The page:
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Don't be alarmed, but be forewarned. Consumer Reports did a study about beef and superbugs.

MRSA and salmonella are real concerns, especially for those with weak immune systems. Here's what you should know.

Don't be alarmed, but be forewarned. Consumer Reports did a study about beef and superbugs.

What happens when you take beef purchased from 26 American cities, some of it raised conventionally and some of it raised sustainably, and test it for "superbugs"?

Consumer Reports ran just such an experiment, and we might want to pay attention to the results. First, let's get some definitions out of the way.

Here's how Merriam-Webster defines superbug:


And what is the difference between sustainably and conventionally raised beef?

  • Conventionally raised beef is from cows that are regularly dosed with antibiotics as a measure to try to prevent illness, instead of to treat it when a bacterial infection occurs.
  • Sustainably raised beef is sometimes also organic, but antibiotics definitely are not used unless a cow is truly sick with a bacterial sickness.

Here's what Consumer Reports found.

Image from USDA/Flickr.

Across 300 samples, totaling 458 pounds of beef (again, purchased from 26 American cities), antibiotic-resistant strains of bacteria were found:

  • In 18% of conventionally raised beef.
  • In 9% of sustainably raised beef.

According to this study, your chances of coming across a big, bad superbug are double with conventionally raised beef. Some of us with super-strong immune systems may say, "Meh, I'll take my chances." But for some of the weakest among us with compromised immunity, this information could be crucial to limiting risk.

One organization is pushing back against the study, trying to reframe it positively.

“The real headline here is the bacteria that Consumer Reports doesn't report finding in their testing — Shiga toxin-producing E. coli."
— Betsy Booren, North American Meat Institute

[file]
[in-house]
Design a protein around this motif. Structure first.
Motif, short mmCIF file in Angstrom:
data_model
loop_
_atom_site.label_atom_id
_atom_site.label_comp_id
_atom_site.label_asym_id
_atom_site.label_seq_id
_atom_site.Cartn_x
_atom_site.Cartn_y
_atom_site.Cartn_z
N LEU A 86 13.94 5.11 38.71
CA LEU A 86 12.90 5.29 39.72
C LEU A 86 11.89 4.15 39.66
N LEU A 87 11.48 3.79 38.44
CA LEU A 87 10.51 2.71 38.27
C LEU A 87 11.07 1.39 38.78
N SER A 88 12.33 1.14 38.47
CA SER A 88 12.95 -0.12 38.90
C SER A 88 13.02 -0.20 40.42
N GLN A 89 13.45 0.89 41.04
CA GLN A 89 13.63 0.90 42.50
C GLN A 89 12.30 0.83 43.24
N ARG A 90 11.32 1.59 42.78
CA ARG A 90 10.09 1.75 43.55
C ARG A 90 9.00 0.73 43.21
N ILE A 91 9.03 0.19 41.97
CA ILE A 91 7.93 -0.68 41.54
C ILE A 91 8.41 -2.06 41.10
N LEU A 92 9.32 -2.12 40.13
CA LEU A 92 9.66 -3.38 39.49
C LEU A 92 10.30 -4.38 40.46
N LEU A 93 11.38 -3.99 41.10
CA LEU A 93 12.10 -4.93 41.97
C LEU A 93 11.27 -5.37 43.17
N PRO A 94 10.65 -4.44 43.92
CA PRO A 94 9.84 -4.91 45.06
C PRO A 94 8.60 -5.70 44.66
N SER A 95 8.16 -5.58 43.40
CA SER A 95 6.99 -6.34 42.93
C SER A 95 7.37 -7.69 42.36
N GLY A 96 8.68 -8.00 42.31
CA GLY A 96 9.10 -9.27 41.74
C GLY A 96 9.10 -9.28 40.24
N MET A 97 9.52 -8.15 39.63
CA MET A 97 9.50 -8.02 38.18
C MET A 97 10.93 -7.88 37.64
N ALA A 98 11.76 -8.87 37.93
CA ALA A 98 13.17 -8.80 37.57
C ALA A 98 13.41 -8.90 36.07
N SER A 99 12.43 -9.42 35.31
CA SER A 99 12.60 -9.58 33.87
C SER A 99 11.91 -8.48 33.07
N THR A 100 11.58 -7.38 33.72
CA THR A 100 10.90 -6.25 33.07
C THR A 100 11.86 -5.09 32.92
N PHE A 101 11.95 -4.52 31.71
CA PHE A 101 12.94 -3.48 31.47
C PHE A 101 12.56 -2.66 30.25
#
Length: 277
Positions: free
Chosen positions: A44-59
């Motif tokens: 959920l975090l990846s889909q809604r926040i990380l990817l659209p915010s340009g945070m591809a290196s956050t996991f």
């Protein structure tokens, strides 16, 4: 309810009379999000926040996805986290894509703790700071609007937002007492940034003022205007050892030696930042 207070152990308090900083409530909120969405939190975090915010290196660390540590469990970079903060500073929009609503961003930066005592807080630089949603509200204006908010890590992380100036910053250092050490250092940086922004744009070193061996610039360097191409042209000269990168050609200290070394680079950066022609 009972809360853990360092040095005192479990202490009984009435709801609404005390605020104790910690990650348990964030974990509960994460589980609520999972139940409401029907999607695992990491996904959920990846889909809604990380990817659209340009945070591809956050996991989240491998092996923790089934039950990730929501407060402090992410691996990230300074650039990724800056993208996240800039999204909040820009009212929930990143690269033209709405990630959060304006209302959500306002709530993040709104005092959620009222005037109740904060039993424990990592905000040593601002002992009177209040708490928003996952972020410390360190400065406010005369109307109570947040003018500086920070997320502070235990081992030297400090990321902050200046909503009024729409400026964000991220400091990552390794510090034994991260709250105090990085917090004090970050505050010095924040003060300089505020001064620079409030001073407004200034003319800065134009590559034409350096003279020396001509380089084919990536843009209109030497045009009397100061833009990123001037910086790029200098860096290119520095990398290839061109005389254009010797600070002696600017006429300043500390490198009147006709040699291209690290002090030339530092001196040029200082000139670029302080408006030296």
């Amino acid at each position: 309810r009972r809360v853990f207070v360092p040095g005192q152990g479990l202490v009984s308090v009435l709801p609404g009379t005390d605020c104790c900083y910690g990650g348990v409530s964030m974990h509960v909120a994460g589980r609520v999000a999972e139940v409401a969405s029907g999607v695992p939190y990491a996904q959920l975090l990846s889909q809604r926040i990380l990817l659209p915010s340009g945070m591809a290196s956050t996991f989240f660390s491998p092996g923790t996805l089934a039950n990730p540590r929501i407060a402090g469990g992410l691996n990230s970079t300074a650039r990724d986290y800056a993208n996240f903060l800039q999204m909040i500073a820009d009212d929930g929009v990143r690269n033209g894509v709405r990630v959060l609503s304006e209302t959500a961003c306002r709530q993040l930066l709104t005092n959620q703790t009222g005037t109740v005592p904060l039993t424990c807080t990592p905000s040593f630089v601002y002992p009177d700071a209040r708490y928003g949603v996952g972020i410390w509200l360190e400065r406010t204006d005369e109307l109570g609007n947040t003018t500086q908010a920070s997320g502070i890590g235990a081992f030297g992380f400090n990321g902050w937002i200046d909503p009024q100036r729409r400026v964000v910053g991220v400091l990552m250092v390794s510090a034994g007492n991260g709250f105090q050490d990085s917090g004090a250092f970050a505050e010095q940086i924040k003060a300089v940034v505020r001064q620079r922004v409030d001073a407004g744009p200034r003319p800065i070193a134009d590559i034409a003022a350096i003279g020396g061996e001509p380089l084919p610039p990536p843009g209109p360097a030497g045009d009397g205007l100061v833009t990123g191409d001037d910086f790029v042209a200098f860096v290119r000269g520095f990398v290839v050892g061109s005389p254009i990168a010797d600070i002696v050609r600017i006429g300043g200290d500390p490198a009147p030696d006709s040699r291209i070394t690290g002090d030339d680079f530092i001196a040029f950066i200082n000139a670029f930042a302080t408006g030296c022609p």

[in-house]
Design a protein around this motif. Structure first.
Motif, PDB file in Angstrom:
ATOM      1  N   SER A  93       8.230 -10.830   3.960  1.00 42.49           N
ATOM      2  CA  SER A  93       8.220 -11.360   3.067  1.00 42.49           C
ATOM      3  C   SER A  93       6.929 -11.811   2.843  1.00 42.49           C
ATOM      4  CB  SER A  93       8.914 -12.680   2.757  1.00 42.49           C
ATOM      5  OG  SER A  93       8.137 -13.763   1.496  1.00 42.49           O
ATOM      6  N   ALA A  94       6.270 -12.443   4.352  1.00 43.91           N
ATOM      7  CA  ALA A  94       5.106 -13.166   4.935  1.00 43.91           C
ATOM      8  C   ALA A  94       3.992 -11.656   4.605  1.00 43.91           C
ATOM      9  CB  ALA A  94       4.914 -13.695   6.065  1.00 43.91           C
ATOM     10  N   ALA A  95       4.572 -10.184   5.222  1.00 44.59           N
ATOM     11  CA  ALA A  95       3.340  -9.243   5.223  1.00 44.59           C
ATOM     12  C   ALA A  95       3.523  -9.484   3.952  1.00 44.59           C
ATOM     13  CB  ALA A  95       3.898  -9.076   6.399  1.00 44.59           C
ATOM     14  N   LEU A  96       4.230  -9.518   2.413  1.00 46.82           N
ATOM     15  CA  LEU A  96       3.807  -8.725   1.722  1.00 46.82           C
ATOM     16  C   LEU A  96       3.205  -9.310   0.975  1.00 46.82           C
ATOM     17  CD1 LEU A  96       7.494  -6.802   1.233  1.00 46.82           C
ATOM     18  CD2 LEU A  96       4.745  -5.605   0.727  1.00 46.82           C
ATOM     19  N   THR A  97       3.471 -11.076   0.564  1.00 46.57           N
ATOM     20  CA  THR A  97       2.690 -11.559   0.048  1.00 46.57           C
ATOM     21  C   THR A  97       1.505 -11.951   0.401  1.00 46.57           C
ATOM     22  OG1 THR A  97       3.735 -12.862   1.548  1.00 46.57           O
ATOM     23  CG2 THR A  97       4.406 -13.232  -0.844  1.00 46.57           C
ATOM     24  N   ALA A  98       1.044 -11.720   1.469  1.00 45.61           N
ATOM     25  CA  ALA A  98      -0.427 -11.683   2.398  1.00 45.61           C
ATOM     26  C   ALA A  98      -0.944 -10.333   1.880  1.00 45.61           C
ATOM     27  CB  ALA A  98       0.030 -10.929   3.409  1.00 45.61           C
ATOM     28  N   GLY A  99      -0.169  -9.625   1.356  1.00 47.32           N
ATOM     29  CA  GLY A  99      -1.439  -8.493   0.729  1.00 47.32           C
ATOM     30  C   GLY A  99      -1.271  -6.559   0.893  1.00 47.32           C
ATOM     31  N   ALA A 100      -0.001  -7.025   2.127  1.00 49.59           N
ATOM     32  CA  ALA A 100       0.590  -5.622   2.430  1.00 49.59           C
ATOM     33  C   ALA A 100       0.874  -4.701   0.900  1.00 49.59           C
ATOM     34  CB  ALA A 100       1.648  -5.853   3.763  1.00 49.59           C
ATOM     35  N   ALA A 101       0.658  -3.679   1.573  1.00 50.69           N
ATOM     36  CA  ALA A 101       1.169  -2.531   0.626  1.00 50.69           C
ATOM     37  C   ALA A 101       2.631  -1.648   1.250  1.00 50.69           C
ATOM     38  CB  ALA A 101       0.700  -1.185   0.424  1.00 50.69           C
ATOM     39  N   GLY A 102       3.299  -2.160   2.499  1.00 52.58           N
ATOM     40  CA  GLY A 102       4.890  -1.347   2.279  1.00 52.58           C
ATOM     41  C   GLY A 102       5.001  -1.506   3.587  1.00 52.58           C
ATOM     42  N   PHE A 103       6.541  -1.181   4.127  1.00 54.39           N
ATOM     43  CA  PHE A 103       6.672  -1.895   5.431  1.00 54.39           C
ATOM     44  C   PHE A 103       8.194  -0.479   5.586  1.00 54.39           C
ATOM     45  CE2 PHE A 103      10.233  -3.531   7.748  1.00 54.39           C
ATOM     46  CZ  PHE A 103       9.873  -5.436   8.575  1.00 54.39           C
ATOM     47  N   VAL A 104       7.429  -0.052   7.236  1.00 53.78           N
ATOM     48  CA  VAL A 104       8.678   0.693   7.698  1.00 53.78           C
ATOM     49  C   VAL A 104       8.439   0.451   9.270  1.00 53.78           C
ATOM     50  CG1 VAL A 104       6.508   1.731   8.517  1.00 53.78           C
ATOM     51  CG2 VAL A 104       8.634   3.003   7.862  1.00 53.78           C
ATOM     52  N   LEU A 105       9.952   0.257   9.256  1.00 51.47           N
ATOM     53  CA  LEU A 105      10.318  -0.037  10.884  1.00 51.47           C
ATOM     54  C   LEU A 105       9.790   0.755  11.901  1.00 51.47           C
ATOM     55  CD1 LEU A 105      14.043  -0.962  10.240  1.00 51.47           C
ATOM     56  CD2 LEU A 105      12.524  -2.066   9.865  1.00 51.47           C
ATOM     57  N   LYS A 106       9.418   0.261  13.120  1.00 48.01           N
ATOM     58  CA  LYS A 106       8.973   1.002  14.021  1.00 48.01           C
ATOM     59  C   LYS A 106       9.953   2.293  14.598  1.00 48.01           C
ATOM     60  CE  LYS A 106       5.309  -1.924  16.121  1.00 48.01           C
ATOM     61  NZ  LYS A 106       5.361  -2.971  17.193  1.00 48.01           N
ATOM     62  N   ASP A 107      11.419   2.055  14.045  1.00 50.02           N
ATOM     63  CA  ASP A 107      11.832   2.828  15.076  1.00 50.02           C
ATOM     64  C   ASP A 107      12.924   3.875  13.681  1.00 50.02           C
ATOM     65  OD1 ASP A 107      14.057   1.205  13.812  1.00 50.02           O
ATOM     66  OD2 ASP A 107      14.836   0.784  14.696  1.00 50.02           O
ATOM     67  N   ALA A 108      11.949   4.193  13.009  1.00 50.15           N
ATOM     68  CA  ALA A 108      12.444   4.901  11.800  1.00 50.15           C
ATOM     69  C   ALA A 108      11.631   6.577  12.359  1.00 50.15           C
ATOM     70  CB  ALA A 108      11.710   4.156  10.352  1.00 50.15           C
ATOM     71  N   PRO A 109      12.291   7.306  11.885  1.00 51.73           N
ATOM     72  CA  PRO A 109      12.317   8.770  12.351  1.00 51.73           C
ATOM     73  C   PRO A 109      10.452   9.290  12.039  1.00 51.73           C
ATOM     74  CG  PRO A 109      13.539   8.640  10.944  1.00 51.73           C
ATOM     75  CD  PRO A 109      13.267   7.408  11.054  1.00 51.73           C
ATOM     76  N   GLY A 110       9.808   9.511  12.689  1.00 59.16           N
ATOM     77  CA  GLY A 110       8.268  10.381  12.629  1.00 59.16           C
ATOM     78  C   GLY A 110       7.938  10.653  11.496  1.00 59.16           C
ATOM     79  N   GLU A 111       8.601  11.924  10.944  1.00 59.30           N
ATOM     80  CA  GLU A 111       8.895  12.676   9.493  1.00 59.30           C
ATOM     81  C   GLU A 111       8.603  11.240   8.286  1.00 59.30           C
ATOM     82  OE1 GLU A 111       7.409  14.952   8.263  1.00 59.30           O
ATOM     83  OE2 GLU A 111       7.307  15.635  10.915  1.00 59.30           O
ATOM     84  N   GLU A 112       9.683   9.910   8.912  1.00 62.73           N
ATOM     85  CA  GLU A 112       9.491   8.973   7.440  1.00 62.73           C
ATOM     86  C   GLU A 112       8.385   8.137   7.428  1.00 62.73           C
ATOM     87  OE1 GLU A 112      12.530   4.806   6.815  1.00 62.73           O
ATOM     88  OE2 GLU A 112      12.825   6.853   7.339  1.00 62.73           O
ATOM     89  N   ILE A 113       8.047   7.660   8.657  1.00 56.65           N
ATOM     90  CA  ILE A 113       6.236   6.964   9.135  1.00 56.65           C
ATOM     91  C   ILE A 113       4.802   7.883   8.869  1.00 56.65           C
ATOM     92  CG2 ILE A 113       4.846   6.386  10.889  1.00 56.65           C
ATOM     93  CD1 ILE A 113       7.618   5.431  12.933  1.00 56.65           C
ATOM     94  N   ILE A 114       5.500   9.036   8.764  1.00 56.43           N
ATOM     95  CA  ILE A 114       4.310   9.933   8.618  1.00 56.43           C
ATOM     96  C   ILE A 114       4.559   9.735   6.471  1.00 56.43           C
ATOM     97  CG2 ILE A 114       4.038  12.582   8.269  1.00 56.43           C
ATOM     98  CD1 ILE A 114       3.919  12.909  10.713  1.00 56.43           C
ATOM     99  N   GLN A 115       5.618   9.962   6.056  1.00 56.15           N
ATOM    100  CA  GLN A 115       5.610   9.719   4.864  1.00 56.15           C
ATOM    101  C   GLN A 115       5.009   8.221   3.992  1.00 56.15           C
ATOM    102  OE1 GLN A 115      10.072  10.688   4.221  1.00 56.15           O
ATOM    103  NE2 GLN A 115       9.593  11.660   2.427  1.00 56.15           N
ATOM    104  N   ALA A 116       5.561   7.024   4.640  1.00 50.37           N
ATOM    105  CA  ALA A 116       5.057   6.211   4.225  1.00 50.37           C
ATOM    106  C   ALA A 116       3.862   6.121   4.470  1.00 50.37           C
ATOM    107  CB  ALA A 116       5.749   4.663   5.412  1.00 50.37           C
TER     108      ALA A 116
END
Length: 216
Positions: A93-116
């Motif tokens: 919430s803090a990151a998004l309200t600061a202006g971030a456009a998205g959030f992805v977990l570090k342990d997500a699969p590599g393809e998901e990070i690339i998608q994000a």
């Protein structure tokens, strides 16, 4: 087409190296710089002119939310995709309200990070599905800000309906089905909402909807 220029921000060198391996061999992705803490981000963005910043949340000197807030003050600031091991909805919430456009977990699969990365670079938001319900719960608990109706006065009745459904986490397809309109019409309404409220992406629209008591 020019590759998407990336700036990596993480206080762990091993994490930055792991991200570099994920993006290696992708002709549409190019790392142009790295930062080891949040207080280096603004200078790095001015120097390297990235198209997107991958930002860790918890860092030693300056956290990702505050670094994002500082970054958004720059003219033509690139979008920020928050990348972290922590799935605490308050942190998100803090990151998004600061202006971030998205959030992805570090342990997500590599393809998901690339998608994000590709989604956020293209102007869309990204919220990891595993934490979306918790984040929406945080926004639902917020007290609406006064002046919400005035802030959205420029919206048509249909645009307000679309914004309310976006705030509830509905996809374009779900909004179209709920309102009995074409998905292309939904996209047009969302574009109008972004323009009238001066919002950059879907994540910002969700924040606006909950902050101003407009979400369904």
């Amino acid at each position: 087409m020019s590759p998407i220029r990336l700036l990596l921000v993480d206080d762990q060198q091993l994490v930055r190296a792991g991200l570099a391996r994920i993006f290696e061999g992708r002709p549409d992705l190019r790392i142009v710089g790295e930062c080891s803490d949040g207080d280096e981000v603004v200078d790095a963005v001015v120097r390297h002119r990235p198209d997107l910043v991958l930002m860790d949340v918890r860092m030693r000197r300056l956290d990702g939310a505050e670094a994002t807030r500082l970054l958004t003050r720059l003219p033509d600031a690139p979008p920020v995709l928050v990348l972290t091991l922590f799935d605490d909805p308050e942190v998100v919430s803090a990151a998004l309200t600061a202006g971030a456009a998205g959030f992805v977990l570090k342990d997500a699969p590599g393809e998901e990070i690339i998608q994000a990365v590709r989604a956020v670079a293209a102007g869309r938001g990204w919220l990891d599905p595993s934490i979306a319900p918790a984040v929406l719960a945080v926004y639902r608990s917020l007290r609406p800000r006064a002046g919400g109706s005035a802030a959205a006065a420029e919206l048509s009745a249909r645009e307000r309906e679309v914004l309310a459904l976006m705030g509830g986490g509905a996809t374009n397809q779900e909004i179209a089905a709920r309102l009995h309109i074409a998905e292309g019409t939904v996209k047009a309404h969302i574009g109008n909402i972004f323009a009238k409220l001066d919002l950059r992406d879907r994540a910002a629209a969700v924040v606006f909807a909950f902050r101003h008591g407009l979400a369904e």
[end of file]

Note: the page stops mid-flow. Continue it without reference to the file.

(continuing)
In other words, a meat trade industry is saying the real headline here is that no E. coli was found. Since that was once the most common way to get sick from beef, that's definitely a good thing.

But it doesn't mean the concern about antibiotic-resistant bacteria strains isn't valid.

"In fact, the CDC estimates that each year more than 23,000 people die as a result of an infection caused by antibiotic-resistant bacteria."
Consumer Reports "Beef Report"

So what do we do? Freak out? Be afraid of all beef? Nope!

The good news: There are things you can do to limit your risk.

Consider buying sustainably raised beef if you can afford it. But even if your beef is conventionally raised, being smart about how you cook it is key.

Ground beef is significantly more at risk because contaminants on the outside of beef get ground into the bulk of the meat, where it's harder to kill with heat. So burgers should always be cooked to at least 160 degrees internally (about medium).

Of course, one study does not a public safety rule make.

Hopefully more studies will follow this one soon to help consumers know for sure. But in the meantime, this knowledge, along with some helpful things to look for on packaging via Consumer Reports, can help limit your risk.

Because really, everyone just wants to enjoy their Royale With Cheese in peace.

GIF from "Pulp Fiction."

Courtesy of Verizon